The symposium also highlighted research that students have conducted with faculty members. Jessica McIntosh ’16 eagerly volunteered when she learned Sarah Lawson Sojka, an environmental studies and physics professor, wanted a student to assist her with research about erosion on the Eastern Shore of Virginia.

Their goal was to determine ways to promote the growth of biofilm, a sticky substance that is thought to help limit soil erosion. “Since we don’t know what controls the growth of the biofilm, we can’t influence it,” McIntosh said. “If we’re able to figure out what controls the biofilm, we can use that to see if we can decrease the suspension rates and the erosion.”

The pair placed sediment and seawater samples in laboratory environments with various levels of lighting. They then tracked measurements of the water’s dissolved oxygen, acidity, and temperature to help gauge the biofilm growth.

Although their experiment did not yield conclusive results, McIntosh still gained valuable experience.

Original research is an important part of the College’s graduate education programs, and several of those students presented their findings in the symposium. Sam McGarrity ’13, who earned his Master of Arts in Teaching this year, remembered how much trouble he had sitting still in the classroom when he was younger. He wondered if he would have been able to learn better if he had been allowed to doodle or move around more.

“I had read research about how physical activity and listening comprehension were coordinated, but I hadn’t seen much about how physical activity could impact reading comprehension,” he said. So he designed a study with local special education students. McGarrity led them through different kinds of exercise before administering reading comprehension tests. Although he did not have enough students to establish statistical significance, he did see some promise. “A few of the participants saw their scores improve after the aerobic activity,” McGarrity said.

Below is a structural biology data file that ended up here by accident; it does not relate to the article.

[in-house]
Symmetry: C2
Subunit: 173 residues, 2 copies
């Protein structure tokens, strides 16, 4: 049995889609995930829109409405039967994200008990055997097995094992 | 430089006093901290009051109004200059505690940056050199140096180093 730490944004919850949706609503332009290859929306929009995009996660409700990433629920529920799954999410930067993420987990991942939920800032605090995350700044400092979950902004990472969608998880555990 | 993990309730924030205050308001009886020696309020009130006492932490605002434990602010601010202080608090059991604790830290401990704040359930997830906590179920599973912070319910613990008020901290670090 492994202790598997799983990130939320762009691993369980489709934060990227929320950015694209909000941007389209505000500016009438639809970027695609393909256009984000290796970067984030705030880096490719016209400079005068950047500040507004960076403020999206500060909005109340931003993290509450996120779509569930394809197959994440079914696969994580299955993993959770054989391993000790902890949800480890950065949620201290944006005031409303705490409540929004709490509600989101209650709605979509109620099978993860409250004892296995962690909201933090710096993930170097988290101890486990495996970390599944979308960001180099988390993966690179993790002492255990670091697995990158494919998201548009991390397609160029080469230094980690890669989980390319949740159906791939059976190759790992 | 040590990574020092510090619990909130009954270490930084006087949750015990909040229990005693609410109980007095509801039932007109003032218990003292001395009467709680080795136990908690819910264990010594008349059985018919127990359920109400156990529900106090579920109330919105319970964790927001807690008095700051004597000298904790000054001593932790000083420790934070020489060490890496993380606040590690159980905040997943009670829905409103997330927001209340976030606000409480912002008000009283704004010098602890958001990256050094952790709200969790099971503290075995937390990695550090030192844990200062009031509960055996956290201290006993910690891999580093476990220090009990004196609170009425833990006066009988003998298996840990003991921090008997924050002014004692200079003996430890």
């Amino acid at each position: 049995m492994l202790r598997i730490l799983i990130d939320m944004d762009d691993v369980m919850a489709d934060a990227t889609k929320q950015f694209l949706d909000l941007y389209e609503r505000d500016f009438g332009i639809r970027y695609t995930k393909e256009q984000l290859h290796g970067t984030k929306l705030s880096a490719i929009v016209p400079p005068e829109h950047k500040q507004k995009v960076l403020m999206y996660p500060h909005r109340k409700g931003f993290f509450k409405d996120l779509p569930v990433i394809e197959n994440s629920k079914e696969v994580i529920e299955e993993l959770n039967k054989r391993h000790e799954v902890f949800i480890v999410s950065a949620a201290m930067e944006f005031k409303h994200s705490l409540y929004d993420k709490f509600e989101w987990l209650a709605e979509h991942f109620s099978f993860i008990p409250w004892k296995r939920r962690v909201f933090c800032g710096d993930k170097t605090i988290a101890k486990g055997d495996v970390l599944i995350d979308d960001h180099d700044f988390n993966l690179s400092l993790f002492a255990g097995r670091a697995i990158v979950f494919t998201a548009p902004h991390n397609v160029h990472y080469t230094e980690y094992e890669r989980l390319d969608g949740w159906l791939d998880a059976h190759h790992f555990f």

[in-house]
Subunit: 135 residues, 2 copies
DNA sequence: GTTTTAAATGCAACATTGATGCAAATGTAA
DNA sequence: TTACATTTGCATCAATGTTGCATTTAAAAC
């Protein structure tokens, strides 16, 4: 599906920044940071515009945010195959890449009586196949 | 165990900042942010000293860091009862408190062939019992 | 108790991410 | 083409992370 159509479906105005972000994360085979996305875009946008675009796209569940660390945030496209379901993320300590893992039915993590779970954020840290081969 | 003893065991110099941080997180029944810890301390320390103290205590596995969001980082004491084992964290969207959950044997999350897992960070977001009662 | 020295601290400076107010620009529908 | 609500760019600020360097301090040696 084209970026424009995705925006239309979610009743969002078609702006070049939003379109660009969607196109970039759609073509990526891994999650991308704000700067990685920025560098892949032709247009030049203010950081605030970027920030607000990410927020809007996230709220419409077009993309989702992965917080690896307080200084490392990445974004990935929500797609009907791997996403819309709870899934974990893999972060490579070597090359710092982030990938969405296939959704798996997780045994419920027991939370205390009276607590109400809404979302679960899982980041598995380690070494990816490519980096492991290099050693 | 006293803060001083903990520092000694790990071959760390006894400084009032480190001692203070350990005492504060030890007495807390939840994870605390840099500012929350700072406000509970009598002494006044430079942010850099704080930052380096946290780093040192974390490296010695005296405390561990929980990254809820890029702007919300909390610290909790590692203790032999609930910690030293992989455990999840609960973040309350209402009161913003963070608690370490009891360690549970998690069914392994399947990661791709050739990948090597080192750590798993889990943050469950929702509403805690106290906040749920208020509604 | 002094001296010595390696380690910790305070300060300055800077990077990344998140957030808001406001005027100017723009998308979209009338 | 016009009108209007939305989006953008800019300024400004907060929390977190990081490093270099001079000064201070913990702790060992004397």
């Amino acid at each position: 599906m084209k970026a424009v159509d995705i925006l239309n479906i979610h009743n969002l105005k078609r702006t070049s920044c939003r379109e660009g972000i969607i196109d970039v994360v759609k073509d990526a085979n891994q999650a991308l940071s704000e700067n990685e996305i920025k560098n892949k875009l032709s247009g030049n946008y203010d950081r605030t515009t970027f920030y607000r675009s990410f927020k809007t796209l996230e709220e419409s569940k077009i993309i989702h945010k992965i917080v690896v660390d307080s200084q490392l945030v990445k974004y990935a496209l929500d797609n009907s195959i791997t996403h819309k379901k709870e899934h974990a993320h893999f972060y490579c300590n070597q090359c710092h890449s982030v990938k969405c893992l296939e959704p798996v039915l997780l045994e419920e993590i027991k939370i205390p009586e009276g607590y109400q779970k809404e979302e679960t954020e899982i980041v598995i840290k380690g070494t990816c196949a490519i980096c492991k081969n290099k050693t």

In addition to being the largest Symposium of Artists & Scholars, this year’s event may have been the most creative, too. It included readings of poetry, displays of digital art, and a theatre performance that concluded the event.

RKO_Symposium-13Matt Cornpropst ’14 and Sonja Cirilo ’15 performed part of Oleanna, the College’s spring theatre production, for their symposium presentation. The play tells the story of a college professor and a student locked in a war of words and allegations that put the professor’s future at stake. Their selection for the symposium ended with Cirilo shouting for help, leaving the audience curious and anxious to see the rest of the play.

Oleanna is a complex play that can be seen in several different ways, and Cornpropst and Cirilo said that the liberal arts background they have from other classes helped them convey the story.

Cornpropst’s character mentions Stoic philosophers at one point in the play, so he used lessons from a philosophy class to get more in character. “That is a body of knowledge that that character is tappinginto,”hesaid.“Itinfluences how he’s trying to communicate with his student.”

Cirilo said her other studies have helped her develop a deeper understanding of the characters, which a play like Oleanna demands. “Studying here at Randolph has helped me to value empathy,” she said. “You need to understand why you’re saying these things, and what the message you’re trying to communicate to the audience is.”

Barron reached the same conclusion.

Looking back on her recent research in Tanzania, Barron said her background in sociology and economics helped her approach the problem of human and elephant conflict with more effective ideas. “Having actually gone there in the field, I’ve realized how important sociology and ethics are to wildlife conservation,” she said.

“Education is what you make it,” Barron added. “The liberal arts allow you to find many different passions in life, and maybe that one new passion.”